Let me say up-front that this is all speculation-- albeit educated speculation-- and not based on any solid facts, other than history and experience. I am not a prophet (nor the son of a prophet...), but I do think that my prediction is reasonable.
Let me begin with the computer industry in general. There is a general principle called "Moore's Law" which is widely considered to be accurate (to a point) and should hold for the foreseeable future. It basically says that there is an exponential rate of progress in the speed of transistors to the amount of time that passes-- e.g., that the speed doubles every two years. Anyone who has been watching the progress of chip-speed advancement knows that this has held, ever since Moore postulated it in the mid-60s. I've been simply astonished at the chips available today, and the raw power that they represent; it is not only possible to get a 3.4 Ghz Intel processor today, but they are becoming common as offerings in mid-to-high-end desktop machines.
That said, I don't know anyone who owns one-- in fact, I don't even know anyone who wants to own one. There are basically two realms of computing that utilize such lightning-fast chipsets: gamers and video editors (and, ironically, the video editors almost exclusively use Apple Macintosh machines, to Intel's chagrin). No one else-- not even hardcore professional photo manipulators-- require this sort of technology, nor will they for another year or even two (at which point, according to Moore's Law, we will have chips twice as fast...). There is simply more speed and power in those high-speed Pentium 4s than the average computing world could ever use.
As a result, the computer industry is no longer supplying according to demand when it comes to the fastest chips. Instead, they are progressing (because they must, to stay competitive with one another) for the sake of progress. It is useful to know that, when Windows 2010 or Mac OS C requires it, I will have the chipspeed required to run my system at a comfortable pace; however, there is no true stake in the highest-speed chips for guys like me (and most, if not all, of you).
What does this have to do with photography? I think everything. The most clear and present threat to film photography is the digital photography industry. "Listening" to some of the discussions here, one might think otherwise: it might be inferred that the enemies of traditional film photography (and especially the less mainstream avenues of it, such as Large Format) are the manufacturers, who, with malice aforethought, discontinue our most precious products to spite the buyer and control what sorts of photography we're even able to do. They are simply following their business charters, however, which says that they must turn a profit.
As digital photography has progressed, it has become (for many) a truly viable alternative to film photography. In fact, at this point, the main things which prohibit the average snapshooter from converting totally are convenience and the too-high costs of ink cartridges. For more serious shooters, issues of convenience are less of a factor than image permanence, but there still remain only a few obstacles from making the jump. Granted, this is obviously less the case for a Medium-Format photographer, as digital equipment gets very costly very quickly, and almost every Large Format photographer is stuck with a hybrid-digital option at best, as few can afford the equipment it takes to go 100% LF digital. However, the threat remains, as the photo industry takes its cues, on average, from the "pro-sumer" who usually shoots a high-end 35mm SLR. And the profits that the industry must produce are found right now in the film-to-digital-conversion market; witness the Nikon D100, etc.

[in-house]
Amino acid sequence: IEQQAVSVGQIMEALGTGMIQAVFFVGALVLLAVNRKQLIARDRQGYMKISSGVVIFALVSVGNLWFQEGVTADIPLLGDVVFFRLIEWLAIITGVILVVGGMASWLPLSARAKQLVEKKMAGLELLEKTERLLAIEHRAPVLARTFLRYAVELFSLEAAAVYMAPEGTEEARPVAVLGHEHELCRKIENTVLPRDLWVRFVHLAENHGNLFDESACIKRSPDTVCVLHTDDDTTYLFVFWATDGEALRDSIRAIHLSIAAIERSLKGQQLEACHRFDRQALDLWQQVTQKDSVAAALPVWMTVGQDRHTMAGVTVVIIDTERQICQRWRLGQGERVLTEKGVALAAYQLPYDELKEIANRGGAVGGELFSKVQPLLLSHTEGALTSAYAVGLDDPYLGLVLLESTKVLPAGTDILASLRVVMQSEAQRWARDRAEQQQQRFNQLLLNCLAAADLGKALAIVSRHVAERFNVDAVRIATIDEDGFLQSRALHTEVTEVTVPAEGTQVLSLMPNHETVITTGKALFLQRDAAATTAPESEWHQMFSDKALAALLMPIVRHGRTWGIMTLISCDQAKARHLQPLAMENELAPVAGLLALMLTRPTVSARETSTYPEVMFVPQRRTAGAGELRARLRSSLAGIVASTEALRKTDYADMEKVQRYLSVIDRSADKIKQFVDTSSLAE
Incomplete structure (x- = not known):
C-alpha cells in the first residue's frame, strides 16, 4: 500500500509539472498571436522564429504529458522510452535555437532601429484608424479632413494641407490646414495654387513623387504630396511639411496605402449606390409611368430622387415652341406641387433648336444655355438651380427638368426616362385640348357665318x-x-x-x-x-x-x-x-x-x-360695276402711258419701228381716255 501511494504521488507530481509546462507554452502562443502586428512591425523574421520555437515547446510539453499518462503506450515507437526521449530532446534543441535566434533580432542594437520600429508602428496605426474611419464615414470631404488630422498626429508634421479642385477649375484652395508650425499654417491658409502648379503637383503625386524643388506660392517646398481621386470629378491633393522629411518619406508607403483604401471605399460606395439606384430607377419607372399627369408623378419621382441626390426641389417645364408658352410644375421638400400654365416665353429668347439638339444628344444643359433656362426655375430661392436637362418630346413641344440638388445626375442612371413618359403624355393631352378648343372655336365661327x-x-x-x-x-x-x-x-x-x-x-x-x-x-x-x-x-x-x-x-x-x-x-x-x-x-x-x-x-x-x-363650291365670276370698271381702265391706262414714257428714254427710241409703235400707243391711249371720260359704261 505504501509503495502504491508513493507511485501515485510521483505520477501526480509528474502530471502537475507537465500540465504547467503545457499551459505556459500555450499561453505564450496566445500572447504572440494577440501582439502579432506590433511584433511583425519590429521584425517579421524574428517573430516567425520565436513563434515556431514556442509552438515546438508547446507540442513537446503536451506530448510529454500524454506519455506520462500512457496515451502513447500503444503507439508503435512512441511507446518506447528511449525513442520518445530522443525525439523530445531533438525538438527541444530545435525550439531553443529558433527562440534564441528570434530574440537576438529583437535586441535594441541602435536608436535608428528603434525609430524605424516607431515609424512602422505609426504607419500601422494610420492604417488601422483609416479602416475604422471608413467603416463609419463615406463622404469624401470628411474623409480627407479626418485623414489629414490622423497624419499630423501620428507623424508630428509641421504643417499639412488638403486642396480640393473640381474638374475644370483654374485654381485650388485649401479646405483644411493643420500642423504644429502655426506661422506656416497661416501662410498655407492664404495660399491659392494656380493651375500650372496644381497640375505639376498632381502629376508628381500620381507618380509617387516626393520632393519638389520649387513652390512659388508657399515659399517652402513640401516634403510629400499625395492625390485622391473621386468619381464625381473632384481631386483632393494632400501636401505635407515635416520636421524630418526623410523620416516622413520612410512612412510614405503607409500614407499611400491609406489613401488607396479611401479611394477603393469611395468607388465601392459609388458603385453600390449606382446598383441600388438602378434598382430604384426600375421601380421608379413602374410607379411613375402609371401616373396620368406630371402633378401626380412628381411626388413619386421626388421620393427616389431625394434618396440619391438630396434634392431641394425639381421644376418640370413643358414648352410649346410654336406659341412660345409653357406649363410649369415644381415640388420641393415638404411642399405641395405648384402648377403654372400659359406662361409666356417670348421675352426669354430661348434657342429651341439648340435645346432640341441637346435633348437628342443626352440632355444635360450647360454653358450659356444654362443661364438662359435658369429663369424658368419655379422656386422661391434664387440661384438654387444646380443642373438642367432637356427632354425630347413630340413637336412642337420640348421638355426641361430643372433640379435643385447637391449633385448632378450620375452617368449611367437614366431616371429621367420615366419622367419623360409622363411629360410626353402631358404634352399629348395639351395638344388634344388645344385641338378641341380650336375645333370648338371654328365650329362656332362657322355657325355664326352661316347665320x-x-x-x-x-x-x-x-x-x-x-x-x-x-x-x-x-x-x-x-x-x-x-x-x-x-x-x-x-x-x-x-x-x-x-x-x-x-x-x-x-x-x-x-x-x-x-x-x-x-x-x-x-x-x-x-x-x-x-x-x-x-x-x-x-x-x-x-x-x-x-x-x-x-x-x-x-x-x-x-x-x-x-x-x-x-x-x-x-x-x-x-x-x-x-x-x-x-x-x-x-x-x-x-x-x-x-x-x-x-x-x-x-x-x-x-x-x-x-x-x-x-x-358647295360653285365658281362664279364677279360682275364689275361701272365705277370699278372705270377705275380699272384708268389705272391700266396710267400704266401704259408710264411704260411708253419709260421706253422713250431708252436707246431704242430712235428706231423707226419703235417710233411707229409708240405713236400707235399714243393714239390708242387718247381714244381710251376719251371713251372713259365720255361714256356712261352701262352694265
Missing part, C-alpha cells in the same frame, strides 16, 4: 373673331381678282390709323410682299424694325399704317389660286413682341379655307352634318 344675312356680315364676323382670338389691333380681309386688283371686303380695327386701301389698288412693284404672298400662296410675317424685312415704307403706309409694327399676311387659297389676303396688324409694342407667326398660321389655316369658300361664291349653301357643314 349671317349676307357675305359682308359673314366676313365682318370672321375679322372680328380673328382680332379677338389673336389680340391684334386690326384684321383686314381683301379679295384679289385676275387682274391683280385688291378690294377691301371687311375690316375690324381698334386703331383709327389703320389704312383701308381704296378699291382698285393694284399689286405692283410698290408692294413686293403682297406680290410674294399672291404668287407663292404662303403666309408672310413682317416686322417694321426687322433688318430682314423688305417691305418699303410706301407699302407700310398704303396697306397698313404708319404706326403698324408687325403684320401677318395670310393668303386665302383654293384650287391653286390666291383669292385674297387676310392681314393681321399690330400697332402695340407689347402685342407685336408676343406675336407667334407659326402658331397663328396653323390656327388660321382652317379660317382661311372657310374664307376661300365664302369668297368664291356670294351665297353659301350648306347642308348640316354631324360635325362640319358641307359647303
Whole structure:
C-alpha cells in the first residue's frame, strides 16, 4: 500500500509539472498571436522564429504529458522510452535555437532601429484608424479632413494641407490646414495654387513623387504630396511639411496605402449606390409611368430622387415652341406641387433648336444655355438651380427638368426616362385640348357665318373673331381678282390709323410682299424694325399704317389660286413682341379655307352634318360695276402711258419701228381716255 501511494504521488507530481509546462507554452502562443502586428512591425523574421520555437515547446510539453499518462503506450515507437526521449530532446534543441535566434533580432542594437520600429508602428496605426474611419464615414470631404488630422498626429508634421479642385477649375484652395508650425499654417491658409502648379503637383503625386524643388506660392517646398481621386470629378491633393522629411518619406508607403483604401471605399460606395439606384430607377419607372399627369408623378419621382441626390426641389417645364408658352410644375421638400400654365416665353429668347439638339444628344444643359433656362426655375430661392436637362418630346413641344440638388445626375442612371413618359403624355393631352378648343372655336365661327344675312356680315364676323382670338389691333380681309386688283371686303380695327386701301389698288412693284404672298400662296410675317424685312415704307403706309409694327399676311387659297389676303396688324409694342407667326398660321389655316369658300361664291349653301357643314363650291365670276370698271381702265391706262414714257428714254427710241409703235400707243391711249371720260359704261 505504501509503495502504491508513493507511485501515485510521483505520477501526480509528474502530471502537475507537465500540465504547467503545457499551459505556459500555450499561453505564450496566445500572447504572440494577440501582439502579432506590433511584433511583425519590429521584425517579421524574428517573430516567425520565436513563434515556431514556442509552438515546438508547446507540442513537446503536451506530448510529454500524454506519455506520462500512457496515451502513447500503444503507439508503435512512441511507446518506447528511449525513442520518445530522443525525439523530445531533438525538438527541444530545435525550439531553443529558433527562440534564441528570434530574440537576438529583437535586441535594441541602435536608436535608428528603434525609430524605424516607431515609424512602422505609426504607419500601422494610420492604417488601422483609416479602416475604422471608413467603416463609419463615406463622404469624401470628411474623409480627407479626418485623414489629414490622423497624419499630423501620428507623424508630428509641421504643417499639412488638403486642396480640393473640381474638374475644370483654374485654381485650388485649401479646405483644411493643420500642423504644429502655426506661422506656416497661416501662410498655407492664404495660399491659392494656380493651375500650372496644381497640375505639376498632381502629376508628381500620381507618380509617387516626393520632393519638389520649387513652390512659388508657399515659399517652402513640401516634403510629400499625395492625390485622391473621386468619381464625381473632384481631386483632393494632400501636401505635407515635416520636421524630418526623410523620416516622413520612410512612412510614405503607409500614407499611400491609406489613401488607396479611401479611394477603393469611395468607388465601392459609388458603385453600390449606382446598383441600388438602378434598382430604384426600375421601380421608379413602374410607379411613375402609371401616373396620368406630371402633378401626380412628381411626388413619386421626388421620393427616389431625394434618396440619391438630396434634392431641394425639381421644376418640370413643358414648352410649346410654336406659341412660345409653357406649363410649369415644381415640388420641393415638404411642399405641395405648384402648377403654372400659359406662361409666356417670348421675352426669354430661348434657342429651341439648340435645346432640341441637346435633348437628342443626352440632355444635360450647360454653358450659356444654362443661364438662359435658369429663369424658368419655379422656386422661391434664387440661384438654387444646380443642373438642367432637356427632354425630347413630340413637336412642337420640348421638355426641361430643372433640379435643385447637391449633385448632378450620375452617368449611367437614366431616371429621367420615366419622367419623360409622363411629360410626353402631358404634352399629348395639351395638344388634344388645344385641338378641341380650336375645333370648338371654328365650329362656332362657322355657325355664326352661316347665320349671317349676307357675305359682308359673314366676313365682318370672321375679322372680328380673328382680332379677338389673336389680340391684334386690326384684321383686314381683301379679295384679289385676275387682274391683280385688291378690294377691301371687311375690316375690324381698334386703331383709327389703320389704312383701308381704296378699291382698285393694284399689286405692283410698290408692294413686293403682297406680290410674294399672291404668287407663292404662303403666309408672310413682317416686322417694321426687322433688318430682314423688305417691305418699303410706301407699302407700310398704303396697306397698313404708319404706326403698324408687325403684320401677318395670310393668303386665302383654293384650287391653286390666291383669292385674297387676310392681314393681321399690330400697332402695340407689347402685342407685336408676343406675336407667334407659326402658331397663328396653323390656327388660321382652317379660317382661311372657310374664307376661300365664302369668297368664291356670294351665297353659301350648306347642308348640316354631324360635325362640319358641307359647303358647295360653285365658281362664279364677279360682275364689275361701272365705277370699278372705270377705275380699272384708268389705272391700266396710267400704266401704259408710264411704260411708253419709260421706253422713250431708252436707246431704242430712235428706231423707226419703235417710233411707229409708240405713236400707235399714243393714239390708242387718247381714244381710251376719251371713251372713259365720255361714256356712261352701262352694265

While the threat to film photography exists, I don't think it will stand the test of time to prevail over film photography. Moore's Law works with digital camera transistors, too, and before very long, the same phenomenon we see now with the processor in the average desktop computer will occur in the digital photography world: namely, that there will be more pixels, more megabytes (or gigabytes), and more resolution than a photographer could ever need, no matter what Epson develops. It is bound to happen, since we are already to the point where most point-and-shoot (or as we used to call them at the camera store, PHD-- "push here, dummy") digitals can print up to 8x10 with little or no difference from a 35mm negative enlargement.
Why, then, is there hope for film photography? Because when this happens-- when every digital camera can print flawless poster-sized prints-- people will quit buying cameras for their lack of limitations, and will start buying cameras for the sake of photography again. And, just like folks who shoot 35mm film often get around to trying (and liking) larger formats, folks who shoot digital will often get around to trying film photography. Thus, the digital photography "movement" that we are experiencing now, rather than posing a true long-term threat to film photography, will actually be a benefit, a refinement of sorts, to good photography.
As a result of this, I see the implications for the industry being this: those companies that can and will hold onto their "traditional" lines of equipment and supplies will, in 5-7 years' time, become quite successful, even profitable, in those areas. Those companies which can't, or won't, will regret it, but the absence of their weak commitments to the future of photography will not hurt us in the end.